How Much Did I Just Save?

Saving $200 a month on your cell bill doesn’t seem very dramatic. Saving $100 doesn’t either. When you start to look at how you use that $200 a month, it can really add up quickly. Let’s take a minute and travel down the road with a family of 5 that just switched from Sprint to T-Mobile and see how the savings add up for them if they do something silly like, apply the balance to their mortgage each month.

If that family of 5 were to purchase a new home today for $250,000 and have a 4% rate on that loan, their monthly payment would be $1193.54 a month. At the end of their 30 year loan, they would have paid nearly $180,000 in interest on that loan. Amazingly enough, that’s the story for most families today. Spending $350 a month on their phones and $1200 a month on housing. The good news, that loan would be paid off in the year 2044 and the house would be theirs.

With the new Uncarrier plans from T-Mobile, that family can cut their bill to under $150 a month and still get everything they need to have. By cutting their bill by $200 a month and applying that to that $250,000 loan at that 4% interest rate, the amount of interest they pay on the loan drops to $131,613. That saves almost $50,000 over the life of the loan with the same monthly expense going out the door. The better part, the home is paid off in just 22 years rather than 30 years. That means during the next 8 years, you pocket that $1,200 your loan was costing you for a total savings of nearly $114,500.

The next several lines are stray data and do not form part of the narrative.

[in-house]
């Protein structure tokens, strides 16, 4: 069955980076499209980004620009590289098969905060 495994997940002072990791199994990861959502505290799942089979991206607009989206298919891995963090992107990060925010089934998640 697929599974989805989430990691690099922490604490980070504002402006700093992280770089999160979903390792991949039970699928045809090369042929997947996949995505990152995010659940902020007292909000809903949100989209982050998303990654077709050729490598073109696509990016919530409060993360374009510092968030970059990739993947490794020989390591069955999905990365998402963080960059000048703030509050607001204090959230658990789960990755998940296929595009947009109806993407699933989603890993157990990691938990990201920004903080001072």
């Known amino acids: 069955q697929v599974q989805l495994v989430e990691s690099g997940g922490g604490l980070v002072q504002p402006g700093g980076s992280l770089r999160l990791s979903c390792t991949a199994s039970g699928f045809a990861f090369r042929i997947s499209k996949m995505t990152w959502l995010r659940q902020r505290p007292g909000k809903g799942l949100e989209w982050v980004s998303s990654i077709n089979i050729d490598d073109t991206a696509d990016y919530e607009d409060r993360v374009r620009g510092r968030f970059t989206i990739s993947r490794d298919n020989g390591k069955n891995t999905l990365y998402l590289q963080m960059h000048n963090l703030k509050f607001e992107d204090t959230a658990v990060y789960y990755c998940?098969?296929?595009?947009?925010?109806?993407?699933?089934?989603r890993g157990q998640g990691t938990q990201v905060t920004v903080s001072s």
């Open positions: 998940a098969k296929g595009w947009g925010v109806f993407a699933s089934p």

By The Numbers:

$350 Cell Plan Budget – $250,000 (original loan) + $179,673.77 (4% Interest over 30 Years) = $429,673.77

$150 Cell Plan Budget – $250,000 (original loan) + $131,613.78 (4% Interest over 22.8 Years) = $381,613.78

$150 Cell Plan Budget Savings – $1193.54 * 86 months = $99323.98

Savings – $429,673.77 – $381,613.78 + $99,323.98 savings = $147,383.97

Looking at that cellular bill a bit differently yet? A simple $200 cut in your bill can pay off your house 7 years faster and ultimately save you $150,000 over the next 30 years. Not so small now is it?

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